Blog Post, LA Galaxy, Leagues, Major League Soccer

Steve Nicol feels Sigi Schmid is the perfect man to steer the Galaxy in the right direction after Curt Onalfo’s sacking.

After the news broke, the only surprise was the timing of it. Following half a season of indifference and a curdling atmosphere at home games, Curt Onalfo was out as LA Galaxy coach. Sigi Schmid was in.

Schmid, the winningest coach in MLS history, has been waiting in California for his next call since being sacked a year and a day ago by Seattle — and on Thursday morning, it came.

You can only imagine how Onalfo must have felt knowing Schmid was nearby and available while his team struggled to gain traction. In truth, however, he was not only dealing with the local availability of an iconic coach, but also with the shadow cast by the previous one.

In replacing Bruce Arena, Onalfo was regarded as the man who combined head coaching experience with a knowledge of the Galaxy’s formidable youth system. He would trim away some of the excesses and team imbalances of the first designated player era, delivering a systems-orientated team rather than one driven by individual nous. Onalfo would dispel the illusion of the Galaxy as one-man club shrouded by Arena’s ego.

Curt Onalfo
Less than a year after being named manager, Curt Onalfo was fired by the LA Galaxy on Thursday morning.

It made sense on paper. By the end of his Galaxy tenure, Arena developed a reputation for being reluctant to play kids. Paul Arriola left the team in pursuit of regular football when the path to the Galaxy first team seemed blocked, and he was far from the only one. The introduction of LA Galaxy II mitigated that effect somewhat, but the Galaxy team Arena put out in his final season was almost parodically skewed toward players with brand recognition and — as it turned out — little chemistry.

The logic hasn’t departed entirely with Onalfo. Southern California constitutes the nation’s catchment area for year-round training conditions and technical expertise, making it a perennially fertile region for player development. Onalfo was appointed manager precisely because of his firsthand knowledge of this valuable resource; now was the right time to lean on it. The success of the FC Dallas and New York Red Bulls’ youth policies pointed to an obvious strategy for the Galaxy to follow, and with LAFC about to come on the scene, the Galaxy appeared to be fighting for technical know-how rather than star power.

LAFC is about to make a distracting splash in the LA market, making its first waves on Tuesday by appointing Bob Bradley as manager. In response, the Galaxy — like the Red Bulls before them — have opted to use the moment to emphasize their own history and local roots; the flash of the Beckham era has gone, runs the logic, but the quality distilled from that experience remains.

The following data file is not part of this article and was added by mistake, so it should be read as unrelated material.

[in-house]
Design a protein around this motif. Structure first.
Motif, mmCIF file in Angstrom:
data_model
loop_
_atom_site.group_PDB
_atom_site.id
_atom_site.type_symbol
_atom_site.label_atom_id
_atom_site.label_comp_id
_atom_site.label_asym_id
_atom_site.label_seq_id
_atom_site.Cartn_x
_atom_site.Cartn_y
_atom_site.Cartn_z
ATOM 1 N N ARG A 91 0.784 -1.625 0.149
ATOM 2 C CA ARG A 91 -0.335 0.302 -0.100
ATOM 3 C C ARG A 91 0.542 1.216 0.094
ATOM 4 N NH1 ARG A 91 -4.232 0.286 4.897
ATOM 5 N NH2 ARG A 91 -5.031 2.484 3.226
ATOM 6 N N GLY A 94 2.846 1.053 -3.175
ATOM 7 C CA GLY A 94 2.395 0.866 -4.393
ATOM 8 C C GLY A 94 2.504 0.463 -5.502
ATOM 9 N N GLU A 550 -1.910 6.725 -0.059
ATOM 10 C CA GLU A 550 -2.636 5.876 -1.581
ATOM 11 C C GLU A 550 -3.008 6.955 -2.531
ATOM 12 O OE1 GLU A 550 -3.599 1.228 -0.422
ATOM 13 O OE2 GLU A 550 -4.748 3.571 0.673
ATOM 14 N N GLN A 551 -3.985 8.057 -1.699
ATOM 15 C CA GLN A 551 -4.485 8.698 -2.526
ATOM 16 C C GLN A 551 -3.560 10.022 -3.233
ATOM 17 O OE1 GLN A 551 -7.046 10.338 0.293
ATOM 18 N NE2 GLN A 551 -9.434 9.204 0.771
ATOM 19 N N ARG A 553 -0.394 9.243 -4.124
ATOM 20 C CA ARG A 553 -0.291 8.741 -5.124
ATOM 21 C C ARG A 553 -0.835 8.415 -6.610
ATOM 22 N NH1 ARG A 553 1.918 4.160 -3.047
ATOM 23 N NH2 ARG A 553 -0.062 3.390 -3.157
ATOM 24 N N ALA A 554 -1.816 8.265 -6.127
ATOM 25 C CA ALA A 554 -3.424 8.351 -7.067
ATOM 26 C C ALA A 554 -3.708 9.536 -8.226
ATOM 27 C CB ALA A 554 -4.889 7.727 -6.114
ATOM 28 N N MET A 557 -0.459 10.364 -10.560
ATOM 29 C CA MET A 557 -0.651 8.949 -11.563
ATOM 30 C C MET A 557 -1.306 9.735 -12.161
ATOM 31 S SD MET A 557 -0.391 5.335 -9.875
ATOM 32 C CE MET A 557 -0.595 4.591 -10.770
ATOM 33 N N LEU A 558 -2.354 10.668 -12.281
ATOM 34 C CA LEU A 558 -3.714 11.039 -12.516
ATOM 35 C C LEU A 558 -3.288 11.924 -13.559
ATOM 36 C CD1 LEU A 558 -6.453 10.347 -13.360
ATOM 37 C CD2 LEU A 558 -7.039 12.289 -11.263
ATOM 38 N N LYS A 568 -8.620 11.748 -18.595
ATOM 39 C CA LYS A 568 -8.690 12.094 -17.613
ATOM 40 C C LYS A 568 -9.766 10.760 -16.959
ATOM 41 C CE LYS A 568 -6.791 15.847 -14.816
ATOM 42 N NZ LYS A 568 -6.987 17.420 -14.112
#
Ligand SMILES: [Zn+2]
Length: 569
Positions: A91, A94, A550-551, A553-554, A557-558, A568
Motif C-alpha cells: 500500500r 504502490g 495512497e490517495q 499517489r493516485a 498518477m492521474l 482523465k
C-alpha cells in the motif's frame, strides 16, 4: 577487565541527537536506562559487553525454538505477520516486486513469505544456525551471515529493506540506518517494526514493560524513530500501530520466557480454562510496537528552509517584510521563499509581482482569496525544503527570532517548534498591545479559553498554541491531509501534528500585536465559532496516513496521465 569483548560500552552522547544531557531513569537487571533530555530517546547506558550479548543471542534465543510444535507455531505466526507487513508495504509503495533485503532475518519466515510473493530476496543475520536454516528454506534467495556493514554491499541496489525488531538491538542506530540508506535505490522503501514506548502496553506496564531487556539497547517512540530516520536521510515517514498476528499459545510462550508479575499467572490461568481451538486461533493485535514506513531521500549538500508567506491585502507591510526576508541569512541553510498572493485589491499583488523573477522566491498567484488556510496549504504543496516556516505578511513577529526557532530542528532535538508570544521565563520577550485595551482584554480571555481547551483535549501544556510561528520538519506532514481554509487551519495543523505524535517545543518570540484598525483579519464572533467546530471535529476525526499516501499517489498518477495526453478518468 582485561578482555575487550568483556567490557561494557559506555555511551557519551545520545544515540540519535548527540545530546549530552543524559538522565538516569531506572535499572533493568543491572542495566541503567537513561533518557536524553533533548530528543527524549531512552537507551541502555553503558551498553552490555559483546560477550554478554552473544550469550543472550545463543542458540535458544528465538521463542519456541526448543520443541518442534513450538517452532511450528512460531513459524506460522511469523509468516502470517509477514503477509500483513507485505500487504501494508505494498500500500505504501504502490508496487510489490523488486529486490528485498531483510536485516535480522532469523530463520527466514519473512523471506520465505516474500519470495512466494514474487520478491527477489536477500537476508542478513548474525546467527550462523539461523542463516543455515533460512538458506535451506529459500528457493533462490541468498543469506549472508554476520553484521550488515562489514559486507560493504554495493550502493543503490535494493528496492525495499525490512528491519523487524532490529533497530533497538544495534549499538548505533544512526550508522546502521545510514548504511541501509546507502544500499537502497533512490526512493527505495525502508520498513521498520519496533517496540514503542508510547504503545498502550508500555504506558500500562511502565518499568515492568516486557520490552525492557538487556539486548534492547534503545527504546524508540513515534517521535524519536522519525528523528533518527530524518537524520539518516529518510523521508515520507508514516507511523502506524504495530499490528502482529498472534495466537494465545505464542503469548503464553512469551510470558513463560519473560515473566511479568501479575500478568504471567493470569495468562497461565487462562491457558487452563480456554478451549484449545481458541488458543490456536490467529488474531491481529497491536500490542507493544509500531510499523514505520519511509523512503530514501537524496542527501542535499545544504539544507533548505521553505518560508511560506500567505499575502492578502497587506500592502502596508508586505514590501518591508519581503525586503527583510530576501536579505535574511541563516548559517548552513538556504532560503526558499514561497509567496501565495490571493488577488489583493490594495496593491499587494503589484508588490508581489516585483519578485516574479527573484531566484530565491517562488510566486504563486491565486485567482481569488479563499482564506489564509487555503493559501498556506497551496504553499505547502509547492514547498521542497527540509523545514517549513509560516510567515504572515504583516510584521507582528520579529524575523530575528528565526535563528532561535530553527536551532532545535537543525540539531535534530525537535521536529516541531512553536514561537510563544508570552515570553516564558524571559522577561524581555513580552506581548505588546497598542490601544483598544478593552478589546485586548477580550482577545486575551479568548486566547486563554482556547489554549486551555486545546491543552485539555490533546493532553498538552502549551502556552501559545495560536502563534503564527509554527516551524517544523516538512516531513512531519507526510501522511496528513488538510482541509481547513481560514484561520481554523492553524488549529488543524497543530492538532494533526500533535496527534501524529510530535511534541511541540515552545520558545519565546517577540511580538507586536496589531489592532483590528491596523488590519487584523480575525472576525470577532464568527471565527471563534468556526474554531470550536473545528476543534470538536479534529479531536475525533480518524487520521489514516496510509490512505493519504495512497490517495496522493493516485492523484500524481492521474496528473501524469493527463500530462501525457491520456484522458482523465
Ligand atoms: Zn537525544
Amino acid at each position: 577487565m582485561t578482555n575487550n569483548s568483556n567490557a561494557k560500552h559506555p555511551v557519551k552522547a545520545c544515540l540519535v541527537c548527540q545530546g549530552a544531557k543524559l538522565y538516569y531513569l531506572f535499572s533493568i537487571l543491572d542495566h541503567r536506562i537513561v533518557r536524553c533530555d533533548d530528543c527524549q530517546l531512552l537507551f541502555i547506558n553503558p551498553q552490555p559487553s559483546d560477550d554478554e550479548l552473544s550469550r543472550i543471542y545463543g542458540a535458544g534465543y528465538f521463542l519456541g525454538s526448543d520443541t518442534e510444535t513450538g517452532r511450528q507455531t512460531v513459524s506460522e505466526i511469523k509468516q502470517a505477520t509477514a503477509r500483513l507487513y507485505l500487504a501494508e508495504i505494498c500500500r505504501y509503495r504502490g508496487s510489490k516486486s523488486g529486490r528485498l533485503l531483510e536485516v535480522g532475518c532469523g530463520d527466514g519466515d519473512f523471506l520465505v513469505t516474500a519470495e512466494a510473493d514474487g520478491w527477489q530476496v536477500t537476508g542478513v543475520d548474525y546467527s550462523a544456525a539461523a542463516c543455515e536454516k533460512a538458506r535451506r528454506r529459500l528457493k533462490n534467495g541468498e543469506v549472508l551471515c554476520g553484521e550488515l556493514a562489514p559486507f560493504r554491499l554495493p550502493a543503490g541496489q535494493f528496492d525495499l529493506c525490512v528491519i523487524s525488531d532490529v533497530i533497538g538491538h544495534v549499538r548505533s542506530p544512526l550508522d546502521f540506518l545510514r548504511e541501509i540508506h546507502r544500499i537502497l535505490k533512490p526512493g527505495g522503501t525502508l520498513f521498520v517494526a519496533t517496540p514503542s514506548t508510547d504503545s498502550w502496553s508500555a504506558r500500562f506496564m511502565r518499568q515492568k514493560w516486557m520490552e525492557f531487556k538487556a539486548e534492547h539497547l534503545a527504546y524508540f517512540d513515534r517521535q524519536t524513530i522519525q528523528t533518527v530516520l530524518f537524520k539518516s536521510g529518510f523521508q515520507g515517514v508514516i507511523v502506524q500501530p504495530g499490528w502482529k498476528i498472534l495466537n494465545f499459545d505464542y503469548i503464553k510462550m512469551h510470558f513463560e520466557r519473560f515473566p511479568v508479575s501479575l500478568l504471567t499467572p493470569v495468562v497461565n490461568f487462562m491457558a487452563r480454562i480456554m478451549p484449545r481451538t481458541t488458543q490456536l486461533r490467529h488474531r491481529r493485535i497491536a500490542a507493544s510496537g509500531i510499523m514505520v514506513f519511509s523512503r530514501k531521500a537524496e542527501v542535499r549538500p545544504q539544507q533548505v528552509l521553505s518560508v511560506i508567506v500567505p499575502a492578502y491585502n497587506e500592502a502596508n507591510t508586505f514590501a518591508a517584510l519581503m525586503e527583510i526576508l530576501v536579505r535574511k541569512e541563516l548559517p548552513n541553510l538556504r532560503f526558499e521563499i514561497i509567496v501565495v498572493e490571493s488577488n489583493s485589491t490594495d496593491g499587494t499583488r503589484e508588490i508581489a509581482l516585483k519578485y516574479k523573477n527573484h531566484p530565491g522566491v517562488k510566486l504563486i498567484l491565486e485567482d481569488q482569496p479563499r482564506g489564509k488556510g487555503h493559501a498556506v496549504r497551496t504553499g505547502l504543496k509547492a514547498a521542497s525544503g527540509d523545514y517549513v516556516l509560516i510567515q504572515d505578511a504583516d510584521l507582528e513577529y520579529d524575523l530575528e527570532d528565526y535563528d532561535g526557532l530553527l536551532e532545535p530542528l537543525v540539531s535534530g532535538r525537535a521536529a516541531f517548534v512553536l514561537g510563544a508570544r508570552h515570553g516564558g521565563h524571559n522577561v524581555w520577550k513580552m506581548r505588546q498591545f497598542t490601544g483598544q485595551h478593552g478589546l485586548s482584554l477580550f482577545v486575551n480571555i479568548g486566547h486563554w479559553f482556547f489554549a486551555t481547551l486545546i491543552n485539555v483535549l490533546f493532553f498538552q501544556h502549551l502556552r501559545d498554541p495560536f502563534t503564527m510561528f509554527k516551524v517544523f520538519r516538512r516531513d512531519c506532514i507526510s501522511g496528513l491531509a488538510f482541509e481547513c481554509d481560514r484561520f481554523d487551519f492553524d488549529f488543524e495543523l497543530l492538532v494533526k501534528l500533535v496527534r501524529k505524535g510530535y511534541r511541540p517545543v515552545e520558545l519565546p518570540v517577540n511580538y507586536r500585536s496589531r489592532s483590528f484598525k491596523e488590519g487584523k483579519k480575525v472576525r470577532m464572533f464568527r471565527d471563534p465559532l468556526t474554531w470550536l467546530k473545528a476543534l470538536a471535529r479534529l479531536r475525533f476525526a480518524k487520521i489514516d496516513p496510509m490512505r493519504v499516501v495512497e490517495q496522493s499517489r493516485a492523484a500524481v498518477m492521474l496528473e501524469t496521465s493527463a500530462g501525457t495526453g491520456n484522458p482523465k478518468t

And yes, that claim accounts for the imminent signing of Jonathan dos Santos. He’ll help the team, and Schmid will be glad to have him — just as he might have been glad to work with Nicolas Lodeiro in Seattle — but this is a solid (rather than spectacular) signing.

Sigi Schmid
Thirteen years after leaving the club, Sigi Schmid returns as LA Galaxy manager.

While Schmid might have been the most high-profile out-of-work MLS coach out there, he also represents a proven archive of work. Similar to Arena replacing Jurgen Klinsmann as national team coach, he symbolizes a known quantity, or at least the classic sentiment of “We don’t know how far he can take us, but we know he’ll take us at least this far.”

On the back of the U.S.’s Gold Cup win, these past 24 hours have delivered an unlikely renaissance for the two men. A little more than a year ago, a graphic was circulated depicting the duo’s influence on MLS. The chart tracked the players and assistants who’d gone on to influence the story of the league in the shadow of its two most successful coaches. ESPN FC ran a story examining the pair’s effect on the landscape.

But with both coaches struggling at the time, there was a valedictory feel to the tributes — a sense that their moment was passing. A few days later, Schmid was gone from Seattle, and Arena’s seemingly tired side continued to labor rather than dominate in their campaign.

Nobody would have predicted that a year later, Arena and Schmid would get a chance to read their own premature sporting obituaries and smile. Neither man is done just yet.

Graham Parker writes for ESPN FC, FourFourTwo and Howler. He covers MLS and the U.S. national teams. Follow him on Twitter @grahamparkerfc.

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